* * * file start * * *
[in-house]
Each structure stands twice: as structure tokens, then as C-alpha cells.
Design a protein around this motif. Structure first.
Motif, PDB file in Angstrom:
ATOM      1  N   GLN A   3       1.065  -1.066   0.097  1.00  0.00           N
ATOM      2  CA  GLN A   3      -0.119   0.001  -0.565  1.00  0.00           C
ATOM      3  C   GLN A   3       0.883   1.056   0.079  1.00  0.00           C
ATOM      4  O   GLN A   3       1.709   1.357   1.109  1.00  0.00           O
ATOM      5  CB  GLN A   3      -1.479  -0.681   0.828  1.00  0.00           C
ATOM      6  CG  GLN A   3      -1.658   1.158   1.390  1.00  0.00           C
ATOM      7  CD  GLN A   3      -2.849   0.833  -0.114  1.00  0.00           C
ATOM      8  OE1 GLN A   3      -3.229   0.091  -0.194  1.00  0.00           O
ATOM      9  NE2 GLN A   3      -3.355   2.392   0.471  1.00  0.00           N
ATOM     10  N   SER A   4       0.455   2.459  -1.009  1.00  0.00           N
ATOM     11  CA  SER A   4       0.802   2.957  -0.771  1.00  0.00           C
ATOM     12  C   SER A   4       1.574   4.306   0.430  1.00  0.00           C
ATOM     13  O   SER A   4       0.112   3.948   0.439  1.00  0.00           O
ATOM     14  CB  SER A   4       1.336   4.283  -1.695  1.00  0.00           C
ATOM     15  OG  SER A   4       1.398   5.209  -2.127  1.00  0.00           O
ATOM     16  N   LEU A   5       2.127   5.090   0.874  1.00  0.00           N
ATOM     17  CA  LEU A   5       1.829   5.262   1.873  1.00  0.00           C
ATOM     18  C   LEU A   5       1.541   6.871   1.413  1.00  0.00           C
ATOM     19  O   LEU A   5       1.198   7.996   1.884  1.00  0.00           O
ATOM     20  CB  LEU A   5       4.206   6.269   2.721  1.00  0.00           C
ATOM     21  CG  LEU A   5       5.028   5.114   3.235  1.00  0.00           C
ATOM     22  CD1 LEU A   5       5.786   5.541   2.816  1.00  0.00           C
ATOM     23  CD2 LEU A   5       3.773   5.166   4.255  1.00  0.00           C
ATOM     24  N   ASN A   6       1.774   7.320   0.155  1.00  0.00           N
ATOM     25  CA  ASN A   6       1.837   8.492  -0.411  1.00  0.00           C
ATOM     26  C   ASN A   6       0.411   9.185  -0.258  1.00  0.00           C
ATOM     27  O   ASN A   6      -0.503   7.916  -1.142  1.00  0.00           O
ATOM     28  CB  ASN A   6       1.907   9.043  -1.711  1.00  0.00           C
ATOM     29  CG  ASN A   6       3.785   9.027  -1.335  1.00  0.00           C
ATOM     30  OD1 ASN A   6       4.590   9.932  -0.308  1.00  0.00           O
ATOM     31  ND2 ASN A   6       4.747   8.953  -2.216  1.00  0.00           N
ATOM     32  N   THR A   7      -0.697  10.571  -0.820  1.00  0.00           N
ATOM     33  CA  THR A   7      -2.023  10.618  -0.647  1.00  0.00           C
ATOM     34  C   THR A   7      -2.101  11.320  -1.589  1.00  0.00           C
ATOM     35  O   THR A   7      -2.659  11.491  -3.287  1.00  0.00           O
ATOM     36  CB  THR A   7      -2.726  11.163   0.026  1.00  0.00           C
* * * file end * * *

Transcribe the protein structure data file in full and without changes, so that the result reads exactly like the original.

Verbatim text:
[in-house]
Each structure stands twice: as structure tokens, then as C-alpha cells.
Design a protein around this motif. Structure first.
Motif, PDB file in Angstrom:
ATOM      1  N   GLN A   3       1.065  -1.066   0.097  1.00  0.00           N
ATOM      2  CA  GLN A   3      -0.119   0.001  -0.565  1.00  0.00           C
ATOM      3  C   GLN A   3       0.883   1.056   0.079  1.00  0.00           C
ATOM      4  O   GLN A   3       1.709   1.357   1.109  1.00  0.00           O
ATOM      5  CB  GLN A   3      -1.479  -0.681   0.828  1.00  0.00           C
ATOM      6  CG  GLN A   3      -1.658   1.158   1.390  1.00  0.00           C
ATOM      7  CD  GLN A   3      -2.849   0.833  -0.114  1.00  0.00           C
ATOM      8  OE1 GLN A   3      -3.229   0.091  -0.194  1.00  0.00           O
ATOM      9  NE2 GLN A   3      -3.355   2.392   0.471  1.00  0.00           N
ATOM     10  N   SER A   4       0.455   2.459  -1.009  1.00  0.00           N
ATOM     11  CA  SER A   4       0.802   2.957  -0.771  1.00  0.00           C
ATOM     12  C   SER A   4       1.574   4.306   0.430  1.00  0.00           C
ATOM     13  O   SER A   4       0.112   3.948   0.439  1.00  0.00           O
ATOM     14  CB  SER A   4       1.336   4.283  -1.695  1.00  0.00           C
ATOM     15  OG  SER A   4       1.398   5.209  -2.127  1.00  0.00           O
ATOM     16  N   LEU A   5       2.127   5.090   0.874  1.00  0.00           N
ATOM     17  CA  LEU A   5       1.829   5.262   1.873  1.00  0.00           C
ATOM     18  C   LEU A   5       1.541   6.871   1.413  1.00  0.00           C
ATOM     19  O   LEU A   5       1.198   7.996   1.884  1.00  0.00           O
ATOM     20  CB  LEU A   5       4.206   6.269   2.721  1.00  0.00           C
ATOM     21  CG  LEU A   5       5.028   5.114   3.235  1.00  0.00           C
ATOM     22  CD1 LEU A   5       5.786   5.541   2.816  1.00  0.00           C
ATOM     23  CD2 LEU A   5       3.773   5.166   4.255  1.00  0.00           C
ATOM     24  N   ASN A   6       1.774   7.320   0.155  1.00  0.00           N
ATOM     25  CA  ASN A   6       1.837   8.492  -0.411  1.00  0.00           C
ATOM     26  C   ASN A   6       0.411   9.185  -0.258  1.00  0.00           C
ATOM     27  O   ASN A   6      -0.503   7.916  -1.142  1.00  0.00           O
ATOM     28  CB  ASN A   6       1.907   9.043  -1.711  1.00  0.00           C
ATOM     29  CG  ASN A   6       3.785   9.027  -1.335  1.00  0.00           C
ATOM     30  OD1 ASN A   6       4.590   9.932  -0.308  1.00  0.00           O
ATOM     31  ND2 ASN A   6       4.747   8.953  -2.216  1.00  0.00           N
ATOM     32  N   THR A   7      -0.697  10.571  -0.820  1.00  0.00           N
ATOM     33  CA  THR A   7      -2.023  10.618  -0.647  1.00  0.00           C
ATOM     34  C   THR A   7      -2.101  11.320  -1.589  1.00  0.00           C
ATOM     35  O   THR A   7      -2.659  11.491  -3.287  1.00  0.00           O
ATOM     36  CB  THR A   7      -2.726  11.163   0.026  1.00  0.00           C